It could cost $9.5 million to put a new neighbourhood in Pemberton before ground is even broken for construction.
Pemberton residents Bruce van Mook and Garth Phare hope to situate 462 housing units on lands adjacent to Signal Hill Elementary School near the town centre. The proponents of the project, dubbed Signal Hill Homes, hope to build the homes on three pieces of land in what's being called the biggest subdivision in Pemberton's history.
Before building the homes, however, van Mook and Phare may have to pony up a lot of cash to fix some public amenities in and around the property.
In a report to a June 16 Committee of the Whole meeting for the Village of Pemberton, Development Services Manager Caroline Lamont writes that an existing dyke along the north-east side of Pemberton Creek does not meet the safety standards necessary to protect the village.
The dyke, which is located on a property that's been owned by Phare's family for over two decades, was constructed there without the owner's consent sometime between 1984 and 1986. That property is now planned for 32 townhome units as part of Signal Hill Homes.
Van Mook said in an interview that upgrading the dyke to safer standards could cost about $1.5 million. Add to that around $4 million for upgrades to surrounding sewers, nearly $2 million for a development cost charge and almost $2 million for a community amenity charge and the developers are on the hook for $9.5 million.
"What we're being asked to do under the ground is lightening out the opportunity above the ground," van Mook said.
The Pemberton Valley Dyking District has applied for a Build Canada grant that could cover 90 per cent of the cost of upgrading the dyke and the developers could make up the balance of that, which would amount to anywhere between $100,000 and $150,000.
"It's quite significantly on a portion of the land," he said. "We're not talking two metres here, it might be as much as 30 metres. It's a big chunk of land that has been eaten up by the dyke."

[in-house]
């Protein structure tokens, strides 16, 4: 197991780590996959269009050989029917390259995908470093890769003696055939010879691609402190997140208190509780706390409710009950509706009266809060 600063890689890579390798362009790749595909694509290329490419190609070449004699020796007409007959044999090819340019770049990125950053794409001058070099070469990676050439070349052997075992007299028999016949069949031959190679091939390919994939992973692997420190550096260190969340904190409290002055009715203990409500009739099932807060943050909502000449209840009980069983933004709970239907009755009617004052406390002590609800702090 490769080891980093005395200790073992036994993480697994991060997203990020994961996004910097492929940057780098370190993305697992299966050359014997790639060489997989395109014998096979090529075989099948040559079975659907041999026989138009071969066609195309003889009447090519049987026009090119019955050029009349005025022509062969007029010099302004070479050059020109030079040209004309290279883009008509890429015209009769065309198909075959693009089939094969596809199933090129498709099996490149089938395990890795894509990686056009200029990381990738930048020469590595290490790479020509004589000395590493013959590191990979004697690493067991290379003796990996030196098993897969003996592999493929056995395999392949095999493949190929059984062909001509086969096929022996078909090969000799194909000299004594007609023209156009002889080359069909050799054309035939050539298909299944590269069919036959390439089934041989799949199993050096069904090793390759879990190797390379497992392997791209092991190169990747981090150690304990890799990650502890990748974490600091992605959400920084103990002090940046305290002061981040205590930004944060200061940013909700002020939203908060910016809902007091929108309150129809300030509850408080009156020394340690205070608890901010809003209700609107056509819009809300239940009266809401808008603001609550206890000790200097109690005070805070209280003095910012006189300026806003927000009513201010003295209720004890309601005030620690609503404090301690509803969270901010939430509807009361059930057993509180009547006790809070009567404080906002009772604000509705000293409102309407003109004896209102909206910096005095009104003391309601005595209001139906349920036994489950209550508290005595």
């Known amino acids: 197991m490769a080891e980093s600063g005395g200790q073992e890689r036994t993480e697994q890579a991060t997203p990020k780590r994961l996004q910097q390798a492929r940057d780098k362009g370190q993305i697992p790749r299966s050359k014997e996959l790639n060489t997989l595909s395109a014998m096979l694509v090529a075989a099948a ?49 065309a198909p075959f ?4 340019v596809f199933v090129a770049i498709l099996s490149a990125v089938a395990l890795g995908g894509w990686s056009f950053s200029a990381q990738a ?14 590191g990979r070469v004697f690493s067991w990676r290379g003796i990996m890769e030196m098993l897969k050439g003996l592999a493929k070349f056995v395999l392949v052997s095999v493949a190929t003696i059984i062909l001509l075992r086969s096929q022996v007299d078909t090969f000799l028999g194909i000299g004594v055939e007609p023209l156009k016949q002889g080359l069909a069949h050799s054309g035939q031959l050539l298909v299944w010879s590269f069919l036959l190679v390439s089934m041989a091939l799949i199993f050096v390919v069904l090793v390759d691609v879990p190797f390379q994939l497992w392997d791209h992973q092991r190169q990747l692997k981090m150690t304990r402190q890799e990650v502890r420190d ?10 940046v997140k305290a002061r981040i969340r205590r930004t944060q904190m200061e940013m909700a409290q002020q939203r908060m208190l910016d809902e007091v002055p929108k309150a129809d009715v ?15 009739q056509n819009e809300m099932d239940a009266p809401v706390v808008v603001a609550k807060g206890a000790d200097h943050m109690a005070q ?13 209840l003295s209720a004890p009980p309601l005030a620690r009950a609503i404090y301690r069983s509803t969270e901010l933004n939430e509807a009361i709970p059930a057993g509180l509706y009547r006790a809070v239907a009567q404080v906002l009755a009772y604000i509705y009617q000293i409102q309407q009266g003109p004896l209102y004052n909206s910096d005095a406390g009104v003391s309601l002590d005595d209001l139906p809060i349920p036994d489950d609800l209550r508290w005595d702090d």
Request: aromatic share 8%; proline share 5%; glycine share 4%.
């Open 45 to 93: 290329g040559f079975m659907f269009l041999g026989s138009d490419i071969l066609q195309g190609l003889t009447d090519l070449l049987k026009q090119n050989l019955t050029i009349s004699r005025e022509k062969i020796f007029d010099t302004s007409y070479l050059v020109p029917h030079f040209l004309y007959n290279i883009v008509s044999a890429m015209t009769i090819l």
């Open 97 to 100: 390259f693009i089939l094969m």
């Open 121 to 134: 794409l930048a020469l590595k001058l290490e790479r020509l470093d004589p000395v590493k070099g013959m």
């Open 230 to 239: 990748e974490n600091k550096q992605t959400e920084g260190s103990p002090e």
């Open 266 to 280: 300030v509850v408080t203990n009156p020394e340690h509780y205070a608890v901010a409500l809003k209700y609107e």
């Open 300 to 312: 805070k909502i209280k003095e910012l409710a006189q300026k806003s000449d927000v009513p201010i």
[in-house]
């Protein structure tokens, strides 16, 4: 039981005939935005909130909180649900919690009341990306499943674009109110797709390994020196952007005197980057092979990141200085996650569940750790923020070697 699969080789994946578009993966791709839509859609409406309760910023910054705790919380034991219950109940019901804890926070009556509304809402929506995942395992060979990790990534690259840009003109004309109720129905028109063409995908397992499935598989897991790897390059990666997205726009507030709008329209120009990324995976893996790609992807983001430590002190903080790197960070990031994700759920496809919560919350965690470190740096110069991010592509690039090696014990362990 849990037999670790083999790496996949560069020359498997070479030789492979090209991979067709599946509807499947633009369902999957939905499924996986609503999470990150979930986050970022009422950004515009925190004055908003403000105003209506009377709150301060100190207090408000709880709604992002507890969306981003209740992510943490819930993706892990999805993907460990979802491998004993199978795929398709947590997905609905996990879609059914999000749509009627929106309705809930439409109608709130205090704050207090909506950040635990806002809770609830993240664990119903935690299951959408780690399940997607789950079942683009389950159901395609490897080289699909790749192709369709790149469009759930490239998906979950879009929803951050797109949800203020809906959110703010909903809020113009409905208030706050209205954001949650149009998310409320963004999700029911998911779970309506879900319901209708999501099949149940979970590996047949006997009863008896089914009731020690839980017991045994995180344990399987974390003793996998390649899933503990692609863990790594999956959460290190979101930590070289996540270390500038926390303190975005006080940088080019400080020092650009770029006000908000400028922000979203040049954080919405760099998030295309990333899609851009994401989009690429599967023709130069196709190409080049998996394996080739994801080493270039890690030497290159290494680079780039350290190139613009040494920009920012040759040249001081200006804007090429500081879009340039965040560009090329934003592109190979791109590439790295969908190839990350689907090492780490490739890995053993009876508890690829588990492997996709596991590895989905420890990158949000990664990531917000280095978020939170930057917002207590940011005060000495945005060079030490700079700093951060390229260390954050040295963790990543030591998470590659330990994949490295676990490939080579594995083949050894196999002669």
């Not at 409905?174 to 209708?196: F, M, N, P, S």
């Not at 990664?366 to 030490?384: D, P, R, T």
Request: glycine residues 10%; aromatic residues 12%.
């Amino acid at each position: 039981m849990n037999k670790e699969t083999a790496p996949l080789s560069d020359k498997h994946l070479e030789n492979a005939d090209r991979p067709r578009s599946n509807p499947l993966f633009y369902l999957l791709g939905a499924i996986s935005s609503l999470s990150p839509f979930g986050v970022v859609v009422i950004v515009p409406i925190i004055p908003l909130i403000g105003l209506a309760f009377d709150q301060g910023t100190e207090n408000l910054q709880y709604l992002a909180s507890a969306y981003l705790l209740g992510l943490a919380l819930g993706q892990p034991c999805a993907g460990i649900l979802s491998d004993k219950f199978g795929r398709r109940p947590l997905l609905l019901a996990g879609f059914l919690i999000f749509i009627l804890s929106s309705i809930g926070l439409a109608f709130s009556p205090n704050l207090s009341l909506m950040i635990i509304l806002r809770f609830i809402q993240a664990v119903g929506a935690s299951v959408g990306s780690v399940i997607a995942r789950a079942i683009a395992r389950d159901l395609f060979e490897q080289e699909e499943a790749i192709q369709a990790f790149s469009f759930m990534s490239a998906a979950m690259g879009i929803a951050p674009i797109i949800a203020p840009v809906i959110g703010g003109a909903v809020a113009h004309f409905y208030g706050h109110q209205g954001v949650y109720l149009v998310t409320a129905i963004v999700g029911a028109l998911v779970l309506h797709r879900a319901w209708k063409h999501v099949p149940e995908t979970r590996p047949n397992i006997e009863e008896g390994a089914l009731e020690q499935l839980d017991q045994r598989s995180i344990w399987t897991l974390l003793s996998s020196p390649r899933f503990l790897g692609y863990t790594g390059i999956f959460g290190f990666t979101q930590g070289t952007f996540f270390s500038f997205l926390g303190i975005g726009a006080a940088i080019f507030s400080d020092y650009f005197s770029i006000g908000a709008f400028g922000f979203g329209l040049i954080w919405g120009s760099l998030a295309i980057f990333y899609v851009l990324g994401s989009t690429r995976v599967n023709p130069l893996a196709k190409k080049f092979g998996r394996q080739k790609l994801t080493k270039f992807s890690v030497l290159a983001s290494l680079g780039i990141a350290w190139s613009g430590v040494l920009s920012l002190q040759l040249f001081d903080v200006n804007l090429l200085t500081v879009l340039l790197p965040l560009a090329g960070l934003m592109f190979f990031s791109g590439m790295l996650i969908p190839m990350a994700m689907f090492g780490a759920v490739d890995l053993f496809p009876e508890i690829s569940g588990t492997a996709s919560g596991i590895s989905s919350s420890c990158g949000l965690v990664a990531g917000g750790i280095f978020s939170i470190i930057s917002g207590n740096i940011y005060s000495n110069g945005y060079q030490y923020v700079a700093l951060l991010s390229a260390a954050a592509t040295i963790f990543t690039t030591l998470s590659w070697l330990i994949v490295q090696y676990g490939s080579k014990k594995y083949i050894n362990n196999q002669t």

On top of the dyke, the developers are expected to pay $1,905,611 towards a development cost charge, funds that help the village pay the costs associated with providing sewage, water, drainage and highway facilities to help service the development.
They're also expected to pay a community amenity charge of $1,836,055 that helps the village offset the impacts of such a development on public facilities, services and amenities.
Beyond those charges, Lamont's report noted that existing sewer infrastructure isn't sufficient to accommodate the kind of load that Signal Hill Homes could bring. The cost of making the necessary sewer improvements could cost the developers around $4 million - money the developers don't think they should be spending.
"If we pay for the upgrades of the sewer line, then we can't pay for the community amenity charge because there just isn't that kind of money in the development," Phare said in an interview. "It doesn't make any sense. We're trying to put a product on the market that would be attainable."
If the Build Canada grant doesn't come through, van Mook said he and Phare may have to rethink the whole development.
"If the Build Canada grant didn't happen, we couldn't do the development cost charge for $2 million and then a further $1.5 million for the dyke upgrade," he said. "Plus they're asking us to spend upwards at $4 million on upgrading of infrastructure. We're pretty heavily burdened by cost at this point."
Lamont said staff at the Village of Pemberton will be meeting with the Signal Hill developers Thursday (June 25) to go through options for who will pay for what servicing. The project, which has wide community support, has already gone through two readings at council and just passed its public hearing phase.